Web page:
E1 and E2 Reactions
First of all, an elimination reaction is a type of organic reaction in which two substituents are removed from a molecule in either a one or two-step mechanism.
- The one-step mechanism is known as the E2 reaction
- The two-step mechanism is known as the E1 reaction.
Note: The numbers do not have to do with the number of steps in the mechanism, but rather the kinetics of the reaction, bimolecular and unimolecular respectively.
E2 is the first step of elimination with a single transition state .
Typically undergone by primary substituted alkyl halides, but is possible with some secondary alkyl halides.
- The reaction rate is second order.
- E2 typically uses a strong base, it needs a chemical strong enough to pull off a weakly acidic hydrogen.
- E2 competes with the SN2 reaction mechanism.
In general, an elimination reaction (specifically, it's called
#beta#-elimination) involves the elimination of a proton from the #beta#carbon, forming a #pi#bond, and ejecting a leaving group.
Note that they don't necessarily all happen in one step.
We have a first-order and a second-order process associated with elimination. These are called
#"E"1#and #"E"2#, respectively. First-order simply means the rate-limiting step involves one molecule only. Second-order would mean that the rate-limiting step involves two molecules.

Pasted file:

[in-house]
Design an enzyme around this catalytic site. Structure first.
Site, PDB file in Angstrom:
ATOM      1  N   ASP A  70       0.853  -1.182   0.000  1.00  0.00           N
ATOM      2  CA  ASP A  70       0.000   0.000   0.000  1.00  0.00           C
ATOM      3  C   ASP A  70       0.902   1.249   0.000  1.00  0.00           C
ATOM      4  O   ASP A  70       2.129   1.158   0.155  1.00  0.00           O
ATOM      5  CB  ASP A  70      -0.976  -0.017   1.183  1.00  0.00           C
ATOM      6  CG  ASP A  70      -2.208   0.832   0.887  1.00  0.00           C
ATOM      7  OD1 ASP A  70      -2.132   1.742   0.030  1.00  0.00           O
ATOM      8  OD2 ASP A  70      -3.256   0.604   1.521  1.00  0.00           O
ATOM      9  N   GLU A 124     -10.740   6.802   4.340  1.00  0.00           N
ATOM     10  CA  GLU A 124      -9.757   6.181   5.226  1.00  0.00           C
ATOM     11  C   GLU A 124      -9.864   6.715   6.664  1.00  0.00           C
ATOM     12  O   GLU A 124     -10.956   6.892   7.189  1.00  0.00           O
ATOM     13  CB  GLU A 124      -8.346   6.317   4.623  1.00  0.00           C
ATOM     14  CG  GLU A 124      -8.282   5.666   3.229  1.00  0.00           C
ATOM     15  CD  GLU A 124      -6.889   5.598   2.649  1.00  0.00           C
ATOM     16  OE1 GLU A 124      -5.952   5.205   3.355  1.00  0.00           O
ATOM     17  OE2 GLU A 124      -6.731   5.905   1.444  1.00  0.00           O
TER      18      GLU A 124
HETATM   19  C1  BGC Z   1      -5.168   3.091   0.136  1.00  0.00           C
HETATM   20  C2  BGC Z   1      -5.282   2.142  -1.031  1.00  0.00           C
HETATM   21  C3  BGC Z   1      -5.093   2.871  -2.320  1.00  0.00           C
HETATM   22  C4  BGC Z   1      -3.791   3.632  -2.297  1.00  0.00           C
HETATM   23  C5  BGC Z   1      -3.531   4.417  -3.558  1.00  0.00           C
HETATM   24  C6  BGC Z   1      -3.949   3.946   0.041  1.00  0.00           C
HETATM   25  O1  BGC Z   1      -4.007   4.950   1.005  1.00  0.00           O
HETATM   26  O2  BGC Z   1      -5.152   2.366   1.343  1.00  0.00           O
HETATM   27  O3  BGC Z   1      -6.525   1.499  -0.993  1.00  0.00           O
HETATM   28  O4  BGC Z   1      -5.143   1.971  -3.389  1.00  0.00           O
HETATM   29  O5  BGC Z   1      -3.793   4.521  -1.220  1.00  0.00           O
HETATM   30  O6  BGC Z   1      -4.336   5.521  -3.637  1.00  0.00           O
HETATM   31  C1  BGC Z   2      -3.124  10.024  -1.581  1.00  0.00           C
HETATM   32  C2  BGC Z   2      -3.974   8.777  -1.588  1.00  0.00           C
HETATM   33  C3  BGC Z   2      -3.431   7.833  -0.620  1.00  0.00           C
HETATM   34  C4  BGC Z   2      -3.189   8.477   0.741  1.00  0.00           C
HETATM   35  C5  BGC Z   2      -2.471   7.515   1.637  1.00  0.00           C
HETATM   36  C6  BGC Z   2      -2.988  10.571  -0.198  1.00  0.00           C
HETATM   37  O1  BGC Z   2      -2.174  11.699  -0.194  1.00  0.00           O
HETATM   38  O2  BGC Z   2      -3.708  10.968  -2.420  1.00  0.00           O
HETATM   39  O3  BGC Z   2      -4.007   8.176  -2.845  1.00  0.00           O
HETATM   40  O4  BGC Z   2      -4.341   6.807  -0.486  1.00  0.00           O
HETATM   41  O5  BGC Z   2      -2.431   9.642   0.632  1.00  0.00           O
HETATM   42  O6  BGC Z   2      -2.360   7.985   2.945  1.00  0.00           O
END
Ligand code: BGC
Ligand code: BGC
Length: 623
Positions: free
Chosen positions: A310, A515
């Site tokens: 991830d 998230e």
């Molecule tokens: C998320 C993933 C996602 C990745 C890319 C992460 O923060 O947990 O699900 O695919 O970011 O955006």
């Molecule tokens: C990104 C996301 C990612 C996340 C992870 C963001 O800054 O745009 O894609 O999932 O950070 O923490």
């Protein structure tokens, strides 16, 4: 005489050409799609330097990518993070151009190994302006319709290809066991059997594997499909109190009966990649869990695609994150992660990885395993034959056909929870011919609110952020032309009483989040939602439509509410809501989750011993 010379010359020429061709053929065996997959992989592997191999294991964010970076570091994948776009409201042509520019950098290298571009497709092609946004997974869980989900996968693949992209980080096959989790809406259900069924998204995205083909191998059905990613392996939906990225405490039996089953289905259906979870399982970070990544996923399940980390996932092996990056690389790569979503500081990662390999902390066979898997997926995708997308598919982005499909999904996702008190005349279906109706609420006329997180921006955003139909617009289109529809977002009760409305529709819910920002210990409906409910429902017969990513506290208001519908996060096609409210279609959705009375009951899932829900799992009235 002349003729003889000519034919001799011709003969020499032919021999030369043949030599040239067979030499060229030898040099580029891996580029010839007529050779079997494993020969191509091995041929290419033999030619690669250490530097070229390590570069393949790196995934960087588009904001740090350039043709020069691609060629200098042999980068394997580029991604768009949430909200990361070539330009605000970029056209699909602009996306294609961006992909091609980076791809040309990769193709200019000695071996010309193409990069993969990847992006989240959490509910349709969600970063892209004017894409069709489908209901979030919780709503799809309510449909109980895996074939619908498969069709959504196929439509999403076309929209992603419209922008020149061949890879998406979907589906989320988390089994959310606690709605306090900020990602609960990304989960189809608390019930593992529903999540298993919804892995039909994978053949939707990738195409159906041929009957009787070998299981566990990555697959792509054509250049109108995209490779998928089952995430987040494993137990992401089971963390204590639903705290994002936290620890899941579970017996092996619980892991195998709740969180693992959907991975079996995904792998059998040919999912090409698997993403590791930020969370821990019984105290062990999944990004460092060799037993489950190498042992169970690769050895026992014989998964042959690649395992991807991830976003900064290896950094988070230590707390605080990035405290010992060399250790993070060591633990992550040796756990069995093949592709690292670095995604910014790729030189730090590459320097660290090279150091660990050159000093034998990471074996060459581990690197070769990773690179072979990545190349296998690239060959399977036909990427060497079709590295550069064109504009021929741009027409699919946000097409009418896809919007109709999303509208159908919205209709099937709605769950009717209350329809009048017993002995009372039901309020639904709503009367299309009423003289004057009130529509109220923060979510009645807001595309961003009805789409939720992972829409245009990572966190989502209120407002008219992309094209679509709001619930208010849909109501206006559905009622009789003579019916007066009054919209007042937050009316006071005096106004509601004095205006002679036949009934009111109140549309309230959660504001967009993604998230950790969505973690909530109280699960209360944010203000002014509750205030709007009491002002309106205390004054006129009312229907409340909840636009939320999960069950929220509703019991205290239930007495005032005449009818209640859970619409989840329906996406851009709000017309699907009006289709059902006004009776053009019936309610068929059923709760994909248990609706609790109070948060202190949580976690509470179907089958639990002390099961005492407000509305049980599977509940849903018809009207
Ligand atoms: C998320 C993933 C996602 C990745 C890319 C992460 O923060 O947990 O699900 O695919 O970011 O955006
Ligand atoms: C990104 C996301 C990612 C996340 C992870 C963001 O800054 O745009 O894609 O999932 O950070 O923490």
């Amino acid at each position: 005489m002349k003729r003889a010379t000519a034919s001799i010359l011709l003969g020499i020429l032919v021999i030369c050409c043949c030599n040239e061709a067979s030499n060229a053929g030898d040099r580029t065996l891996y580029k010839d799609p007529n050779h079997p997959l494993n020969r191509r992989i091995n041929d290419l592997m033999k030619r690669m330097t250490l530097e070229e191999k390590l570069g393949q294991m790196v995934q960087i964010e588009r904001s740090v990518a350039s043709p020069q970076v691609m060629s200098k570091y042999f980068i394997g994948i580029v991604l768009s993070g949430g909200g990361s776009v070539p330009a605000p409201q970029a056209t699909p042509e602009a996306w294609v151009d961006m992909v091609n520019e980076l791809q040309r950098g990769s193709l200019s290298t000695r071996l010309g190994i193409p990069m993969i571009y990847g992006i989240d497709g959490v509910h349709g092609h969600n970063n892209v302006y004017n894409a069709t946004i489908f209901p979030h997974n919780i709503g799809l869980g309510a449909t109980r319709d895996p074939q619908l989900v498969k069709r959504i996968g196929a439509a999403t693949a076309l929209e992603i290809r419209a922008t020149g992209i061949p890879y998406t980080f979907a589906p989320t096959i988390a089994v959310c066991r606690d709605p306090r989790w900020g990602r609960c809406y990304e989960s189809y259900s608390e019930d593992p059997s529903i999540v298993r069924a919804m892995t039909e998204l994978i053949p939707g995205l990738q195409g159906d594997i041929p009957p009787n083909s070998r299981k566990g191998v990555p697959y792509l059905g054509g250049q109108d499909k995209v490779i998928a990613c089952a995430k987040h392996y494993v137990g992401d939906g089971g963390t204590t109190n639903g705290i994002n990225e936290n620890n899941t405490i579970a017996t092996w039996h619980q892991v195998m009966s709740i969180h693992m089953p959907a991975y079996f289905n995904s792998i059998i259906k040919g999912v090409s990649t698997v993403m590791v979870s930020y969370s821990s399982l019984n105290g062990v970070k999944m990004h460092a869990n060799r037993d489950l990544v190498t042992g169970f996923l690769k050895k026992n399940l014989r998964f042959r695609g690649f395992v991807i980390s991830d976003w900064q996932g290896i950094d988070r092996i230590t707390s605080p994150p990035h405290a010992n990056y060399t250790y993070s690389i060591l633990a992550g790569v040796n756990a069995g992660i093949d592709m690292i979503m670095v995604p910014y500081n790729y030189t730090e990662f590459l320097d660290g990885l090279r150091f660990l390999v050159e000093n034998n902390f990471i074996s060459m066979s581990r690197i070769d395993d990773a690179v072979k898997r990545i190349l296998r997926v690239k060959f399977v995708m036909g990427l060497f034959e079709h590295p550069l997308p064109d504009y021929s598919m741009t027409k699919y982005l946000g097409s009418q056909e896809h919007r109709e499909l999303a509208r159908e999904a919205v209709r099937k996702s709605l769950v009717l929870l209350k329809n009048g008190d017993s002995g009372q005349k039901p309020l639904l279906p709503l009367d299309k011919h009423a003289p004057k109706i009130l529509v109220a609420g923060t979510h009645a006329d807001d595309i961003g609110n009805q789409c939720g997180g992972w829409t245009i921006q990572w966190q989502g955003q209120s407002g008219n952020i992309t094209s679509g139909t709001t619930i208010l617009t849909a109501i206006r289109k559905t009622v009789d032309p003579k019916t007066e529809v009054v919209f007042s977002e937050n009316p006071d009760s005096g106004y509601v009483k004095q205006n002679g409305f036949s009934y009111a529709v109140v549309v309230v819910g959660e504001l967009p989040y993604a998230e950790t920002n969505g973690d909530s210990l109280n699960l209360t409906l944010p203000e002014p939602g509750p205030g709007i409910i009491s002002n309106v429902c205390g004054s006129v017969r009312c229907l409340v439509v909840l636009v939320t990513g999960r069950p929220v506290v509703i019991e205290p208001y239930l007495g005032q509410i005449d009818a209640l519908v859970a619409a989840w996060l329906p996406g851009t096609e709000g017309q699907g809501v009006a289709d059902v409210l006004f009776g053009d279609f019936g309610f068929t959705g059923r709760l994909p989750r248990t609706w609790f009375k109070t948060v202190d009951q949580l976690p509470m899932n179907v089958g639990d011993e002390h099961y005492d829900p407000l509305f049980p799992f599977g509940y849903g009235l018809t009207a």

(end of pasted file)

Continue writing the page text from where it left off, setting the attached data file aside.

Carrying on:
E1 REACTIONS vs. E2 REACTIONS
Some examples can be seen below.
The key features of these two are:
- A proton from the
#beta#carbon leaves, forming a #pi#bond across a carbon-carbon bond such that the most substituted product is made (Zaitsev's Rule).
- Favorable at higher temperatures.
- Favorable for higher steric hindrance on the electrophile and/or nucleophile.
The key differences are:
#"E"1#has no need for an antiperiplanar orientation, but #"E"2#does. #"E"1#has a carbocation intermediate, which allows for 1,2-hydride shifts or 1,2-alkyl shifts, but #"E"2#does not have or allow either.
WHEN YOU HAVE A POOR LEAVING GROUP
#"E"2#, we have one special reaction called #"E1cB"#, meaning "first-order elimination, forming a conjugate base intermediate". This only happens if the leaving group is especially poor. #"E1cB"#:
- A proton from the